|Publication number||US5901208 A|
|Application number||US 08/772,654|
|Publication date||May 4, 1999|
|Filing date||Dec 23, 1996|
|Priority date||Dec 23, 1996|
|Publication number||08772654, 772654, US 5901208 A, US 5901208A, US-A-5901208, US5901208 A, US5901208A|
|Original Assignee||Mci Worldcom, Inc.|
|Export Citation||BiBTeX, EndNote, RefMan|
|Patent Citations (9), Non-Patent Citations (4), Referenced by (14), Classifications (13), Legal Events (6)|
|External Links: USPTO, USPTO Assignment, Espacenet|
1. Field of the Invention
The present invention relates generally to telecommunications, and more particularly to a technique for evaluating and expressing availability of a long haul network.
2. Related Art
Among providers of telecommunication network services, the term "availability" refers to the portion of time that a given customer will be able to use a particular service or connection. Availability is measured in errored seconds, severely errored seconds, and unavailable seconds. According to ITU Recommendation G.826, an errored second (ES) represents one or more errors found in a set of consecutive bits (known as a block) being transmitted over the network within the time frame of a second. A severely errored block would contain 30% or more errored blocks within a one-second period. Unavailable seconds are the amount of seconds that the network is unavailable to the user, such as when the network is undergoing repair. Availability is a bi-directional connectivity. It can be measured electronically or from the time a network connection is undergoing repair by a craftsman.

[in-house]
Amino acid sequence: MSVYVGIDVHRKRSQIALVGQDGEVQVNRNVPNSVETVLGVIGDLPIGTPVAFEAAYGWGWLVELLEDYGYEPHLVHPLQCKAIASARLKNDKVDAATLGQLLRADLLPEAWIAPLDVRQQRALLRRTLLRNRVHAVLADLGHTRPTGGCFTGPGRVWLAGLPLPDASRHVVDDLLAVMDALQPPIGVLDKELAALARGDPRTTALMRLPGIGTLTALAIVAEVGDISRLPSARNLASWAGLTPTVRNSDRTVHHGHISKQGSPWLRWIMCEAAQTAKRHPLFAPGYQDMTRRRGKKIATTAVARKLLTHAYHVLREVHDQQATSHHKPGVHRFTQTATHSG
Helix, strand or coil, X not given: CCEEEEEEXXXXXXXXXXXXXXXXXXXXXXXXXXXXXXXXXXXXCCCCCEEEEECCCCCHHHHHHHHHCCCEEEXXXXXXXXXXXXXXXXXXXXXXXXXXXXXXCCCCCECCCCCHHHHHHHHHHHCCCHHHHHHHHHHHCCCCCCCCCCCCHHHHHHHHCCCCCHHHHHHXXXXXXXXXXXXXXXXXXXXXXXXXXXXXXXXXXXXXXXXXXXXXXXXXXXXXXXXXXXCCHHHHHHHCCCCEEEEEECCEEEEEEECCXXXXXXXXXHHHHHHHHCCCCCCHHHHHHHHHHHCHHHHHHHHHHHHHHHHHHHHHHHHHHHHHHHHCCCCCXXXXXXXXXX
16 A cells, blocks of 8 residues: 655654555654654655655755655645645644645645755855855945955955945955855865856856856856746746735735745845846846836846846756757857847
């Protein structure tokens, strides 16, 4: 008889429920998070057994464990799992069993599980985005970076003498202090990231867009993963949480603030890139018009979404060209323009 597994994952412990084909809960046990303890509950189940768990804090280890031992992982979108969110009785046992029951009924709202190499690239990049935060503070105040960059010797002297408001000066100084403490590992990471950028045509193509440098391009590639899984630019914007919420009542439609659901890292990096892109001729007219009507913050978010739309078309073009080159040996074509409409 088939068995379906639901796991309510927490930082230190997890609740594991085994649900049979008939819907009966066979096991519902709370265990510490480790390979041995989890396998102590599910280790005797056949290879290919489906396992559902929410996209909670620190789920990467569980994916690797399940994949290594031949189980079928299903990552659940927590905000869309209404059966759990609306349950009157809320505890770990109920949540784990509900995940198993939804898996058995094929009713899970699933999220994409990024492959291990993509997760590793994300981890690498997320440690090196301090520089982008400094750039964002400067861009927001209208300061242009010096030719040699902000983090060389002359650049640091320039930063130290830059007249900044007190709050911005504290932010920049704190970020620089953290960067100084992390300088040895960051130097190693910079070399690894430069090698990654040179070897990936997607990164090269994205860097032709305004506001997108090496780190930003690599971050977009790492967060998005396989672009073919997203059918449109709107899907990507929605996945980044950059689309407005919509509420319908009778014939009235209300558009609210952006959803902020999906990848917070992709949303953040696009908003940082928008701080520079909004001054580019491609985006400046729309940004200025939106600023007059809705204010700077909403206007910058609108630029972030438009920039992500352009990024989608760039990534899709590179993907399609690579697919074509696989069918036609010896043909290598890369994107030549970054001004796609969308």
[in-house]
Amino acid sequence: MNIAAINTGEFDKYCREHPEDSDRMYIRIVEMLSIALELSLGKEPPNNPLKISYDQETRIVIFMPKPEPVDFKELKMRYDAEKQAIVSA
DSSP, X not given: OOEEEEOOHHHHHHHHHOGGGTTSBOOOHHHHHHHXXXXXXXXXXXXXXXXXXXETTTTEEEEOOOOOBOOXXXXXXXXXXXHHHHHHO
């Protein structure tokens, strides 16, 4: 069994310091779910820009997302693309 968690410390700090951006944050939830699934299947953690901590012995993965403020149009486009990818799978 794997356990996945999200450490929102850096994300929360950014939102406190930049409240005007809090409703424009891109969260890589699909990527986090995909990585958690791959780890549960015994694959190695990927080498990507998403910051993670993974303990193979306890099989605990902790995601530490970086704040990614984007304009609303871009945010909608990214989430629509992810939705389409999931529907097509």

The standard approaches for evaluating and expressing availability of an end-to-end path in a communications network, namely ITU recommendations M2100 and G.826, are solely based upon reliability estimates of the facilities that make up the path. These approaches do not include the substantial impact on availability caused by actions of network personnel in the course of maintaining the network facilities.
A substantial error is introduced as negotiators extrapolate short-haul availability figures to estimate long-haul values. This is commonly done in estimating end-to-end availability for trans-oceanic international connections. Unfortunately, such a connection usually comprises a series of communications links that vary in type, length, reliability, nationality, and ownership. Many times, the availability figures that are commonly accepted for, say, an undersea cable are arbitrarily decided by committee debates rather than empirically measured. The result is that an estimated availability including this type of communications link is usually many times worse than is actually experienced. For example, a 7500-km end-to-end intercontinental path is projected by M2100 to suffer at least 138 errored seconds every 24 hours. Conciliatory negotiations might place this number even higher for lack of better information. This results in poor expectations of performance and very lax maintenance action limits--especially considering that actual observed performance is on the order of 1 or 2 errored seconds per day. Thus, a simple extrapolation to estimate a long-haul performance is convenient, but inadequate.